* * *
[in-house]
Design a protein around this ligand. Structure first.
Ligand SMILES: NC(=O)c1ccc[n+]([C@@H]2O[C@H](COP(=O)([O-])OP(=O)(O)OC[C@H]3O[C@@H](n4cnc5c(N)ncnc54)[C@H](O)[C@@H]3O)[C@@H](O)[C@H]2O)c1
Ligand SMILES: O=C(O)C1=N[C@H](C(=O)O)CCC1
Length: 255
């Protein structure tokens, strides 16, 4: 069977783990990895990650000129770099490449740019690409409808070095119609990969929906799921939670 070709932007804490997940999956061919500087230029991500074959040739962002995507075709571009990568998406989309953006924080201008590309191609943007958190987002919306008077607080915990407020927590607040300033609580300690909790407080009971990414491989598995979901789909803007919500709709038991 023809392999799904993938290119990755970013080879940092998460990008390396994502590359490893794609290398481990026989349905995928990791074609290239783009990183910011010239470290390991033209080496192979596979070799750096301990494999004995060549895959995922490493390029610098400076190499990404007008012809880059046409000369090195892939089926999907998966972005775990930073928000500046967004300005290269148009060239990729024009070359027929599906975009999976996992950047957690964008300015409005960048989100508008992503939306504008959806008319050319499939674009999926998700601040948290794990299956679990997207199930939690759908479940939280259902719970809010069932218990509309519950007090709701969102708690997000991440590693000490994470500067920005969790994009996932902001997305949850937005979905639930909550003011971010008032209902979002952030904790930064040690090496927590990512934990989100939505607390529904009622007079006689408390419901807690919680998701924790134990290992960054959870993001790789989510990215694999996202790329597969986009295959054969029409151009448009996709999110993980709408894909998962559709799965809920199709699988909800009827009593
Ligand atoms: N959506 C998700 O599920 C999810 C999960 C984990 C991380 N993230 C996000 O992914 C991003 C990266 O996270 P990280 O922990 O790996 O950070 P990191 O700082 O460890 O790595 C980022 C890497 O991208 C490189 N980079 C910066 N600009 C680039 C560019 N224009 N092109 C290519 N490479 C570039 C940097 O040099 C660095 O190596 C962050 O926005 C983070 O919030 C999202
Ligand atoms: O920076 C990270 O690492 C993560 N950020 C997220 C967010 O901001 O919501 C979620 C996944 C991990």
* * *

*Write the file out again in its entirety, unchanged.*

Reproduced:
[in-house]
Design a protein around this ligand. Structure first.
Ligand SMILES: NC(=O)c1ccc[n+]([C@@H]2O[C@H](COP(=O)([O-])OP(=O)(O)OC[C@H]3O[C@@H](n4cnc5c(N)ncnc54)[C@H](O)[C@@H]3O)[C@@H](O)[C@H]2O)c1
Ligand SMILES: O=C(O)C1=N[C@H](C(=O)O)CCC1
Length: 255
């Protein structure tokens, strides 16, 4: 069977783990990895990650000129770099490449740019690409409808070095119609990969929906799921939670 070709932007804490997940999956061919500087230029991500074959040739962002995507075709571009990568998406989309953006924080201008590309191609943007958190987002919306008077607080915990407020927590607040300033609580300690909790407080009971990414491989598995979901789909803007919500709709038991 023809392999799904993938290119990755970013080879940092998460990008390396994502590359490893794609290398481990026989349905995928990791074609290239783009990183910011010239470290390991033209080496192979596979070799750096301990494999004995060549895959995922490493390029610098400076190499990404007008012809880059046409000369090195892939089926999907998966972005775990930073928000500046967004300005290269148009060239990729024009070359027929599906975009999976996992950047957690964008300015409005960048989100508008992503939306504008959806008319050319499939674009999926998700601040948290794990299956679990997207199930939690759908479940939280259902719970809010069932218990509309519950007090709701969102708690997000991440590693000490994470500067920005969790994009996932902001997305949850937005979905639930909550003011971010008032209902979002952030904790930064040690090496927590990512934990989100939505607390529904009622007079006689408390419901807690919680998701924790134990290992960054959870993001790789989510990215694999996202790329597969986009295959054969029409151009448009996709999110993980709408894909998962559709799965809920199709699988909800009827009593
Ligand atoms: N959506 C998700 O599920 C999810 C999960 C984990 C991380 N993230 C996000 O992914 C991003 C990266 O996270 P990280 O922990 O790996 O950070 P990191 O700082 O460890 O790595 C980022 C890497 O991208 C490189 N980079 C910066 N600009 C680039 C560019 N224009 N092109 C290519 N490479 C570039 C940097 O040099 C660095 O190596 C962050 O926005 C983070 O919030 C999202
Ligand atoms: O920076 C990270 O690492 C993560 N950020 C997220 C967010 O901001 O919501 C979620 C996944 C991990």